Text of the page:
The Committee for the Future of Print and Electronic Publishing, better known as CFPEP, has invited me to start a discussion thread about how the AAA can best manage its diverse publications in response to a publishing environment undergoing radical change. CFPEP invites your thoughts on strategies for keeping AAA publications as widely accessible as possible while maintaining a sustainable business plan. We plan to continue the discussion for three months–after which we’ll see how it goes.
By way of introduction, I should say that I’m a relative newbie to CFPEP. I’m playing catch-up with an accomplished group led by Deborah Nichols of Dartmouth. For the past decade I’ve studied and written about how the world’s intellectual property regime affects indigenous peoples, but I also have a strong interest in the publishing industry’s struggles to adapt to the digital revolution and the growing power of the developed world’s IP regime. During my term as director of the Oakley Center for the Humanities and Social Sciences, I was able to bring to campus a number of leading thinkers in this field, including Chris Kelty, Siva Vaidhyanathan, Madhavi Sunder, and Peter Suber.
The fashionable adjective “overdetermined” has long struck me as pretentious, but it clearly applies to the business of publishing academic serials today. I came to CFPEP favorably disposed to Open Access models and skeptical of for-profit approaches to journal publishing. I remain so but have since learned the following:
- Publishing academic journals (even digital-only ones liberated from the cost of printing and moving paper) entails significant expense, including administration, copy-editing, type-setting, web development, hosting and archiving. Revenues to support this must come from somewhere.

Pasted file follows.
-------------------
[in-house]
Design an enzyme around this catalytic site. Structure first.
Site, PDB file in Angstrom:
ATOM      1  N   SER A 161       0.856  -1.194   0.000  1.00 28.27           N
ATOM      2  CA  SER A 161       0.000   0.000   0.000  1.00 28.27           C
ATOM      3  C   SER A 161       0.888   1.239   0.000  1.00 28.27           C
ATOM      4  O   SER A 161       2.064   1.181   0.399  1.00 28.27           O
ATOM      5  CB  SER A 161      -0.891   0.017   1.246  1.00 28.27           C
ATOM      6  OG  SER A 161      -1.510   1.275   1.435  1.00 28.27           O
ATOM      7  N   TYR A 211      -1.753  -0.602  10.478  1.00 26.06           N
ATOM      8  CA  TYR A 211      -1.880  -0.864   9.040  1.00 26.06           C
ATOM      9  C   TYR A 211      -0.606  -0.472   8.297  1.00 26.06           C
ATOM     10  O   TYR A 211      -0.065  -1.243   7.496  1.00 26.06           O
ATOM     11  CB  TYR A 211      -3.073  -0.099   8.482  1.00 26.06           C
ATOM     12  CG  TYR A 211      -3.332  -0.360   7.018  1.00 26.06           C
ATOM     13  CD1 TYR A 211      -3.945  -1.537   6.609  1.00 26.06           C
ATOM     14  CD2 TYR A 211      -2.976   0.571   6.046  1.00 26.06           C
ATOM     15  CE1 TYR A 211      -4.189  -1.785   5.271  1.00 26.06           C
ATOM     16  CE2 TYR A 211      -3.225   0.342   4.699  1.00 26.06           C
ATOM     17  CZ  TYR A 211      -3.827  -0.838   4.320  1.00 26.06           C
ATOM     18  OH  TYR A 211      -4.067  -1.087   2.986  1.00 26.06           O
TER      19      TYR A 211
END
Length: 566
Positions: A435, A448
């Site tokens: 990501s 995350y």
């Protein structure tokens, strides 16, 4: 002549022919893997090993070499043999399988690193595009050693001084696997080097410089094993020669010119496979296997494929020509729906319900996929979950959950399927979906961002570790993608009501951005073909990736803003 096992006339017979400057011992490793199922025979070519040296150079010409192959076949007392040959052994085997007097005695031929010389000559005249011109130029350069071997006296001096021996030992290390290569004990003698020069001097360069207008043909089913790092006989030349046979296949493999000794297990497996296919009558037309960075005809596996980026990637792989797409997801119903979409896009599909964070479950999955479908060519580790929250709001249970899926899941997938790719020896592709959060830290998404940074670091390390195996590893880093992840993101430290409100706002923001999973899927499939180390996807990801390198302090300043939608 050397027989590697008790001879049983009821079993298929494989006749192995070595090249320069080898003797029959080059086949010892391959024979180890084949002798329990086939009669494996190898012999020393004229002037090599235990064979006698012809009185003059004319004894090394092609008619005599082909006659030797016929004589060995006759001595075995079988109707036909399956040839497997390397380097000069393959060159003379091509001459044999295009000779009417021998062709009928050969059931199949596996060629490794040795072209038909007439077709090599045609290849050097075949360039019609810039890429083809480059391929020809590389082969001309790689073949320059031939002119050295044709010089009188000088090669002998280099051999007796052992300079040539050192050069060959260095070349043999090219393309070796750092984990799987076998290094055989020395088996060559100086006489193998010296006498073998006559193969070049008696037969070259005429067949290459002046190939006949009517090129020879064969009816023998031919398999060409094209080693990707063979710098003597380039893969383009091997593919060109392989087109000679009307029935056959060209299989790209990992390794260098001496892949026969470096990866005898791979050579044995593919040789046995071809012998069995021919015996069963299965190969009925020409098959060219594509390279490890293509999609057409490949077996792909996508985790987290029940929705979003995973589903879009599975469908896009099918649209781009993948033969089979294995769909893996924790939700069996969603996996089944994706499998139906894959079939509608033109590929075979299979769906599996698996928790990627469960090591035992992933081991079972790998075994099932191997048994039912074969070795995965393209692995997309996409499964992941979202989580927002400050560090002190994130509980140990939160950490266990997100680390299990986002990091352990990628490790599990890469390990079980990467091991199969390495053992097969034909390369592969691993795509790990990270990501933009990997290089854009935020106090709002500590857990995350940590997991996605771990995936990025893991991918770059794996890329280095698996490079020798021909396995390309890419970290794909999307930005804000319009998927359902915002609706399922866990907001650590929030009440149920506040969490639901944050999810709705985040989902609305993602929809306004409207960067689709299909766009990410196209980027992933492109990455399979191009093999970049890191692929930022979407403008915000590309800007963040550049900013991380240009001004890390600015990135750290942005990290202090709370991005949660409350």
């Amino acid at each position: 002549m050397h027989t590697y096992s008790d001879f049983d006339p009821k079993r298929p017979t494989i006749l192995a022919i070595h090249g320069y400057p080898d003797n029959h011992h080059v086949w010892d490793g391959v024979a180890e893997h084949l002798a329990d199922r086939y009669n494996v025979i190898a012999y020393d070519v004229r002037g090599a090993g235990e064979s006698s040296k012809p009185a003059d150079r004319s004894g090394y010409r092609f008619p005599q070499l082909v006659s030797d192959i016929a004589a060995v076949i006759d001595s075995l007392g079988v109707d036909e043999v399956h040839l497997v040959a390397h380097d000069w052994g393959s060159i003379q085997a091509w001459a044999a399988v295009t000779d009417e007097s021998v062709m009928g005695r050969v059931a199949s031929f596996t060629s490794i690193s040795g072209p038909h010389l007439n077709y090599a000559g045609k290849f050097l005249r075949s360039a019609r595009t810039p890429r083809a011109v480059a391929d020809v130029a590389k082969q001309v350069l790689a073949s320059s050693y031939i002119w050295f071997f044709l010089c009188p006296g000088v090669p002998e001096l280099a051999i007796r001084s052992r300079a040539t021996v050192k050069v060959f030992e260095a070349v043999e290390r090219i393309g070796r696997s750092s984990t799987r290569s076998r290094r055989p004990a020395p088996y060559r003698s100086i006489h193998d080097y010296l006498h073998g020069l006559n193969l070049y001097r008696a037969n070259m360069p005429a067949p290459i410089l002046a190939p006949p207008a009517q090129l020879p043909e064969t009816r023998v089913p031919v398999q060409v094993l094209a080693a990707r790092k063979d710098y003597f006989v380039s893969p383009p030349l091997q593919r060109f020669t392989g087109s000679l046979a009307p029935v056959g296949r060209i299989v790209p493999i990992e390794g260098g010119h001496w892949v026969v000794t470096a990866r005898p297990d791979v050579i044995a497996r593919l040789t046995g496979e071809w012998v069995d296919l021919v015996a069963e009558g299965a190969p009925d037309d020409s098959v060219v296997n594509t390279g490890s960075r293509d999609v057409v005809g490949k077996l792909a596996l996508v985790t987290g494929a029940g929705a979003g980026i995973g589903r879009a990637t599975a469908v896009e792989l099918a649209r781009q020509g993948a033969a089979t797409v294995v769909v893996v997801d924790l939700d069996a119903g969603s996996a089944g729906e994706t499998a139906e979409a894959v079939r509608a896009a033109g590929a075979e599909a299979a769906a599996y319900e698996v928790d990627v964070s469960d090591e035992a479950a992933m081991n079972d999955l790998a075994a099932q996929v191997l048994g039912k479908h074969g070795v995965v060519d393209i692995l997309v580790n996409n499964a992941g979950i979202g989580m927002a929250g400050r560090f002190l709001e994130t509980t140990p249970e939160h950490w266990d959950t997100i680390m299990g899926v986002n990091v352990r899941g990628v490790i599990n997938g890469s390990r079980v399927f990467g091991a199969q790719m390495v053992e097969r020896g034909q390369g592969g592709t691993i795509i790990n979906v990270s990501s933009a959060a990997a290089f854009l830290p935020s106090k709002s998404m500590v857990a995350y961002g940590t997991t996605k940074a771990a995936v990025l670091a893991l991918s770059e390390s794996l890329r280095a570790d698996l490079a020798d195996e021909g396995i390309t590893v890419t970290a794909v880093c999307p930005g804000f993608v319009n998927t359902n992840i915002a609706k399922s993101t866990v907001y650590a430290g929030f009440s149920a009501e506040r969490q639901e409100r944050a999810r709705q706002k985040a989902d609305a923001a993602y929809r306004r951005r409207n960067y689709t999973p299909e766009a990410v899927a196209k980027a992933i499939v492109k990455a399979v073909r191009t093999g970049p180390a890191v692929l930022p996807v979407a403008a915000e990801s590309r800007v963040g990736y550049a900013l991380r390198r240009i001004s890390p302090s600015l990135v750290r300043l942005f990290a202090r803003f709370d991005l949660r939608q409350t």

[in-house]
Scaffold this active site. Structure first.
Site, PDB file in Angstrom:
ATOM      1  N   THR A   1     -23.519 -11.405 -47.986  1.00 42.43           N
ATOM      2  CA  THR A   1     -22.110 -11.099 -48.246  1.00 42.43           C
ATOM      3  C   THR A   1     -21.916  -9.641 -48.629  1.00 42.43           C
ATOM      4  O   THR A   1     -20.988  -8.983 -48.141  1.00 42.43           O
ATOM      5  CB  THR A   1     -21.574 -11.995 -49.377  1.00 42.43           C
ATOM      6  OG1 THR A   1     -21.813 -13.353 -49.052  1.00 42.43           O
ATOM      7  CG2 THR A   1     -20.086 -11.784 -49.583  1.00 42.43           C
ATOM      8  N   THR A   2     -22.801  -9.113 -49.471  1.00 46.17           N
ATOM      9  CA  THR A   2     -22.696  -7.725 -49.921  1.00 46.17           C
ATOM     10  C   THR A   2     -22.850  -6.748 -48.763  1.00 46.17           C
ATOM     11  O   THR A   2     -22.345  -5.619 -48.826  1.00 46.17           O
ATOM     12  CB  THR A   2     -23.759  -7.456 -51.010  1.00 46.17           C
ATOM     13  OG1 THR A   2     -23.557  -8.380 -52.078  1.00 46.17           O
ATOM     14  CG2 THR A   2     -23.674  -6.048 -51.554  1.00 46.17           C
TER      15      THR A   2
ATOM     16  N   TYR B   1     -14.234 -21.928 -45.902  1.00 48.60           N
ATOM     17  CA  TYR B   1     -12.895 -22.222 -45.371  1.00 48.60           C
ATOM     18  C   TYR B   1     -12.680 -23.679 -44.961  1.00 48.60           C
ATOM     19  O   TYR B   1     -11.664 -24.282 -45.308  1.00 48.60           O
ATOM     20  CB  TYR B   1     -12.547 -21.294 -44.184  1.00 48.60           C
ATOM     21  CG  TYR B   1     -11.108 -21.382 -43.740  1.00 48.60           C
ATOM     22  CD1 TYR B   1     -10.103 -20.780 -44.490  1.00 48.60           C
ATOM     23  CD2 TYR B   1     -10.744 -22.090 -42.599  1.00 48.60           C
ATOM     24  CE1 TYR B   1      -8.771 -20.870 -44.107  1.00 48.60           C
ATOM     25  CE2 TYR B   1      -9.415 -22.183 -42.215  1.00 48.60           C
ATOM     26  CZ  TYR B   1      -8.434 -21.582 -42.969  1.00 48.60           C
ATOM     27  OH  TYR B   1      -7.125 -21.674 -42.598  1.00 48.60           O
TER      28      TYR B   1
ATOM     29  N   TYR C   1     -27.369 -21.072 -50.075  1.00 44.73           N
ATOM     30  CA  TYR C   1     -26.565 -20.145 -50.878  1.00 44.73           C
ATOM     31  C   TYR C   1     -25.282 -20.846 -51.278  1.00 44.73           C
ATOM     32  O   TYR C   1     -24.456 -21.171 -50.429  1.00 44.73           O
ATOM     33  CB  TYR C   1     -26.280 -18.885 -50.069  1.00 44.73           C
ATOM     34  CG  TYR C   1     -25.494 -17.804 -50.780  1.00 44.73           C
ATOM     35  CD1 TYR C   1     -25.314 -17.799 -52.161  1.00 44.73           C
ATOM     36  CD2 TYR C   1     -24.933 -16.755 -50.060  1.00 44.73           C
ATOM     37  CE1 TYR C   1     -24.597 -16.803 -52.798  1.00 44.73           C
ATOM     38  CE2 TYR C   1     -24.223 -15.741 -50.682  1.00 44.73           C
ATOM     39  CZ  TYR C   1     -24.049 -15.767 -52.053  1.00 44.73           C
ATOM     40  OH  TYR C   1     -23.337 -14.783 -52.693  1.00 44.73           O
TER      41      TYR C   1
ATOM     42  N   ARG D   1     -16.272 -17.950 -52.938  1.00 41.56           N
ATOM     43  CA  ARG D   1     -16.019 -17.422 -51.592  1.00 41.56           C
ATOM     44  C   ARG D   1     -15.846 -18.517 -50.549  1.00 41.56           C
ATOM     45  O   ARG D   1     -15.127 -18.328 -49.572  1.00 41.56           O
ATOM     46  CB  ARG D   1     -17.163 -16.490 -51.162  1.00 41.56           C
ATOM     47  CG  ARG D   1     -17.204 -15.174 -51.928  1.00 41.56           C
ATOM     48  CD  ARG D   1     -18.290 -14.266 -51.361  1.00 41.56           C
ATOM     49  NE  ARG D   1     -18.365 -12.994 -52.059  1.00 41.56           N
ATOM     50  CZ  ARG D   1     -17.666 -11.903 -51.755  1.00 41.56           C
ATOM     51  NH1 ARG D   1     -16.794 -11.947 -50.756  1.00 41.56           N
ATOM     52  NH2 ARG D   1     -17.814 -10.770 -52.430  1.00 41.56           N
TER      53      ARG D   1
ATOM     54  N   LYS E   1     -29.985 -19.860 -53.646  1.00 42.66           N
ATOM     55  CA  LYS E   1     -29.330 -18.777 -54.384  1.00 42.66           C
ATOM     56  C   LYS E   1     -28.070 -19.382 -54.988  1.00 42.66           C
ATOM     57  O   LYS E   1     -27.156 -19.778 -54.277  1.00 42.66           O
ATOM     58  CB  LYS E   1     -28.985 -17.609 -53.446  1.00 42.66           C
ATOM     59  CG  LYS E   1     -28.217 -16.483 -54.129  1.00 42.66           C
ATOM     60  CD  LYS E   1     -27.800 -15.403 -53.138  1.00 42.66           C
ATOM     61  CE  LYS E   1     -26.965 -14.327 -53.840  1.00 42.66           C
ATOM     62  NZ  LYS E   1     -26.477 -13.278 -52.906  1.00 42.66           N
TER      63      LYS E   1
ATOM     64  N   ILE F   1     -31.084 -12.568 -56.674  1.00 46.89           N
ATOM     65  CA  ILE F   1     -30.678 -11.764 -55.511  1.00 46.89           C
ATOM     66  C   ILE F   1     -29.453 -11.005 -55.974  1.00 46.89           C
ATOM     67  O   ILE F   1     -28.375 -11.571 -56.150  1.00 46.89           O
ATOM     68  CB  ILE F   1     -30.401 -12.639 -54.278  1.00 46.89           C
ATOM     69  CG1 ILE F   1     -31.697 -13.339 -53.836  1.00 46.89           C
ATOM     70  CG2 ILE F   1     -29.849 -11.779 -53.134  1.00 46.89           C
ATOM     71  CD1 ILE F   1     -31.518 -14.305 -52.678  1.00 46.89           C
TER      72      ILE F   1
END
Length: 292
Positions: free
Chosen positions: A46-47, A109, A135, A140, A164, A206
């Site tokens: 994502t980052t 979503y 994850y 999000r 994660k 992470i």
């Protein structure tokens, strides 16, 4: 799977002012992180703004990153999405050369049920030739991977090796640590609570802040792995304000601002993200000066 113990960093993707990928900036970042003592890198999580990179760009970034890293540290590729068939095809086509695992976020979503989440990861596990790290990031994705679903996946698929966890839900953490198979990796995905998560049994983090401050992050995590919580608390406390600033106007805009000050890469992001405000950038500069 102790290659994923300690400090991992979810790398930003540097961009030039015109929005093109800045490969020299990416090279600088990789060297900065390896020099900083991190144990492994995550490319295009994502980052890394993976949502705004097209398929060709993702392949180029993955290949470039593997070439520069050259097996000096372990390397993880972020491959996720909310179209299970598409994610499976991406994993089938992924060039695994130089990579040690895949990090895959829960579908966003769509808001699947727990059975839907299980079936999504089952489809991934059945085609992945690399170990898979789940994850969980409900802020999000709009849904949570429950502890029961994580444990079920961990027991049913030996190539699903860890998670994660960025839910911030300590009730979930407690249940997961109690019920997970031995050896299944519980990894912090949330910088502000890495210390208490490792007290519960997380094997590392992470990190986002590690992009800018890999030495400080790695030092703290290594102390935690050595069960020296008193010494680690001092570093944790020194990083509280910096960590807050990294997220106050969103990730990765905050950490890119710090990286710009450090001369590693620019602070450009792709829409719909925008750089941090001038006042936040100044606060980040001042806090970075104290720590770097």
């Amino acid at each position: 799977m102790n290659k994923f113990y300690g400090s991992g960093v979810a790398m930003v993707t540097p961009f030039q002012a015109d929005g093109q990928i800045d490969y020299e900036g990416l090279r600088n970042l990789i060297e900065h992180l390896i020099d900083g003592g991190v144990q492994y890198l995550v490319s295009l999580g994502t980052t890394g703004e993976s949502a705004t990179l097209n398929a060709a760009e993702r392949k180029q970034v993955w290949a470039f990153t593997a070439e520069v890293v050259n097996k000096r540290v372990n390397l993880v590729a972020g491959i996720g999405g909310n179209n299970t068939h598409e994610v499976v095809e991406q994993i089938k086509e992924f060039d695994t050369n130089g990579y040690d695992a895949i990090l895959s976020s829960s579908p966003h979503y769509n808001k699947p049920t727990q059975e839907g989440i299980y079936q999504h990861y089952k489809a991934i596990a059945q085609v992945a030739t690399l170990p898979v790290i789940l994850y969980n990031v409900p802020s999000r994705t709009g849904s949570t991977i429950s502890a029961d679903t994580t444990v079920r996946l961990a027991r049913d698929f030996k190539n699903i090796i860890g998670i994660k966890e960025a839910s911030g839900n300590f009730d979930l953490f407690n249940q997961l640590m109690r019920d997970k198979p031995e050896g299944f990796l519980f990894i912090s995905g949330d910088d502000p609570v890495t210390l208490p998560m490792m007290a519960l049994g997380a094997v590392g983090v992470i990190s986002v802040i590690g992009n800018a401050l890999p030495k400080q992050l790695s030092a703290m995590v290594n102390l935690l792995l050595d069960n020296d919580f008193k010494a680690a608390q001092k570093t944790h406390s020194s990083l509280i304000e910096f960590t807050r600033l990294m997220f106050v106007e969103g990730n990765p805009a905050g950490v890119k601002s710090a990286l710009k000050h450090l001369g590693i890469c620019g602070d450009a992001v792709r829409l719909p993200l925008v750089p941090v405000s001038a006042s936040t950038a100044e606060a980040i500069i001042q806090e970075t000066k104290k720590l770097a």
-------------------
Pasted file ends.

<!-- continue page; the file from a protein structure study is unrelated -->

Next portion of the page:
- Many anthropologists, especially untenured ones, are fearful of any dramatic move that could damage the standing of AAA journals in established hierarchies of professional accomplishment. Publishing strategies, in other words, are inseparable from metrics of productivity and academic impact.
- Many people oppose the predatory practices of some for-profit publishers. They are passionately committed to OA models for reasons both pragmatic and political. Often, however, they don’t realize that a significant number of OA journals are based on the “author pays” model, requiring the author of accepted papers to pay for the costs of publication. (Database with details here; developing ideas about OA’s business models here.)
- The transition to digital-only publishing, which increasingly seems inevitable, raises difficult questions about how published work will be conserved/archived for posterity. This is particularly complex for online publications that include time-limited ancillary material. Digital archiving isn’t as easy or as cheap as many of us assume. Think about it: printed books can be read centuries after their creation, whereas digital documents are quickly made obsolete by software changes. Digital data need to be regularly migrated and converted to readable formats. All this costs money.
- The fiscal integrity of our principal professional organization, the AAA, today is inseparable from the financial health of the journal portfolio. Unwinding the two will not be easy and shouldn’t be done precipitously.
CFPEP is exploring these issues this year and beyond. We’ve just held the first of several planned webinars to which all members are invited to participate. (The webinar, which considers the links between the changing publishing landscape and promotion/tenure, is well summarized in Tobias Denskus’s blog. The webinar is fully downloadable for those who couldn’t catch it live.)
With CoPAPIA, we’ve also organized a double session at the annual meeting in Montreal. This is intended as a discussion session for members, and the diverse presenters will be making only brief, informal statements. If you’re interested in these questions, come and share your thoughts.
Or open the discussion now, by electronic means. What questions should CFPEP be asking? Where should the AAA publishing wing be in five years? Ten? How can we make attractive, academically rigorous journals available to the widest possible audience without committing financial suicide?